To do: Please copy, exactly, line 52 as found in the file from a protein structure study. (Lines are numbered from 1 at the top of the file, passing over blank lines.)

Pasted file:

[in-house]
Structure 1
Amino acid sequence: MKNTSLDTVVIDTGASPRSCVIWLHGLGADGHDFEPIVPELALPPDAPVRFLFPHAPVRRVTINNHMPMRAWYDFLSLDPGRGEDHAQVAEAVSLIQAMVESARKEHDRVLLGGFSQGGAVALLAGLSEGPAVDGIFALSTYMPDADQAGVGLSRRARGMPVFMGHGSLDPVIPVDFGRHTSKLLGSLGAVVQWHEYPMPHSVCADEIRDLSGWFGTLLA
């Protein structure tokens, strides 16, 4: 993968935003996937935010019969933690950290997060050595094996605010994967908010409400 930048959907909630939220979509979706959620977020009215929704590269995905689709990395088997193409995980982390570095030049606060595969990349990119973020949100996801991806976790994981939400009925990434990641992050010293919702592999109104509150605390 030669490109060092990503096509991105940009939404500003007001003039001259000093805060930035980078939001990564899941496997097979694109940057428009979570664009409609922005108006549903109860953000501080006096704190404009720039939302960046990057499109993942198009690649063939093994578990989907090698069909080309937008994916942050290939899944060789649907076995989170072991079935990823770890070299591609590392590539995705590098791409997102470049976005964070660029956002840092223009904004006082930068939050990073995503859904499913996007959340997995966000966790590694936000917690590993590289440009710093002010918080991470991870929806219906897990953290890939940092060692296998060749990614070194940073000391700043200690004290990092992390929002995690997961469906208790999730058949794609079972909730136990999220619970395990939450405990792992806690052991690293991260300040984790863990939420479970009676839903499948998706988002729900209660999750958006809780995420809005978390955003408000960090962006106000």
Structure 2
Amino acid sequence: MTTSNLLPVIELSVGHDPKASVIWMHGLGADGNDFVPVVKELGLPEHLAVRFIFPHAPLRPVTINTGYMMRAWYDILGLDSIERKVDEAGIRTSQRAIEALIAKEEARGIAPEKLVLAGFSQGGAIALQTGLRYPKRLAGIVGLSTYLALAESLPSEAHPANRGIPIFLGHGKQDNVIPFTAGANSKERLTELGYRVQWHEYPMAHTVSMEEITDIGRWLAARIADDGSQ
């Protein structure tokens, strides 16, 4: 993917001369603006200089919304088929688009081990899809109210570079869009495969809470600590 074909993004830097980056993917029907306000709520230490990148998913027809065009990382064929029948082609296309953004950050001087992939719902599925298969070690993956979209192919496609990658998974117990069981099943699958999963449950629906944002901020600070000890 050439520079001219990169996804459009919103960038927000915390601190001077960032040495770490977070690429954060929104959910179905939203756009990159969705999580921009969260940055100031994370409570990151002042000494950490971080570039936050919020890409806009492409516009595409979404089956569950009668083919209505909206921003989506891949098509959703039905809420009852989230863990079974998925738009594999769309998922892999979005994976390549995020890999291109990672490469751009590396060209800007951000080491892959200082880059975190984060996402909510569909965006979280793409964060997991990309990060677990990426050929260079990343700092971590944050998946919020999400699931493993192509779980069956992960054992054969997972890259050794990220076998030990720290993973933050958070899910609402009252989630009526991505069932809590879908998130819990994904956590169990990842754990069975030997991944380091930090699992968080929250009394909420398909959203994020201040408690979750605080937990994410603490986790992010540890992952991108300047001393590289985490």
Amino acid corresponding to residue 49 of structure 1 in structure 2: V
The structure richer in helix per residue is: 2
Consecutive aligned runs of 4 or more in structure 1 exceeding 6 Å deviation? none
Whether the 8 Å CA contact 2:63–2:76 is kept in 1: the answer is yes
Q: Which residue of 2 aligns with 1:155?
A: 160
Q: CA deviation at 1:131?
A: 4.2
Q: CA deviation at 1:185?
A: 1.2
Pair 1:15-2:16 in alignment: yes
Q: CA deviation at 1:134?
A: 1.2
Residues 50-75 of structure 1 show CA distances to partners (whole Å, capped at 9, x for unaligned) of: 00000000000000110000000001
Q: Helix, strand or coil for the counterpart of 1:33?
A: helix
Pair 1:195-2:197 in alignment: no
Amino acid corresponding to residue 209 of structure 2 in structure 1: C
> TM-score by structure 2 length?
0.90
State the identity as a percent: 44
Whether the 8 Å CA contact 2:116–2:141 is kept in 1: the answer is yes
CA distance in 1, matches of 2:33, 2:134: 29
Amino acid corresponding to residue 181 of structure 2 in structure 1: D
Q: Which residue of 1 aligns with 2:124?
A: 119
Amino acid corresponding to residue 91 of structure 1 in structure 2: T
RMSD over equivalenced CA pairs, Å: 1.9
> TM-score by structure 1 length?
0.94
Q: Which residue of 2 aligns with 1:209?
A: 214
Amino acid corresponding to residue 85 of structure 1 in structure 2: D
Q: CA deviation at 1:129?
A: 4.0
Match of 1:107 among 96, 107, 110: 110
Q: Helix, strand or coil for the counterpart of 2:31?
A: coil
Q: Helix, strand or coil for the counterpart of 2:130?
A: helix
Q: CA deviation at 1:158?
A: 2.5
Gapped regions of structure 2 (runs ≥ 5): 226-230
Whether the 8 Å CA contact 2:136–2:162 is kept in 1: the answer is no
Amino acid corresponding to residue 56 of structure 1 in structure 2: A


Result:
Amino acid corresponding to residue 56 of structure 1 in structure 2: A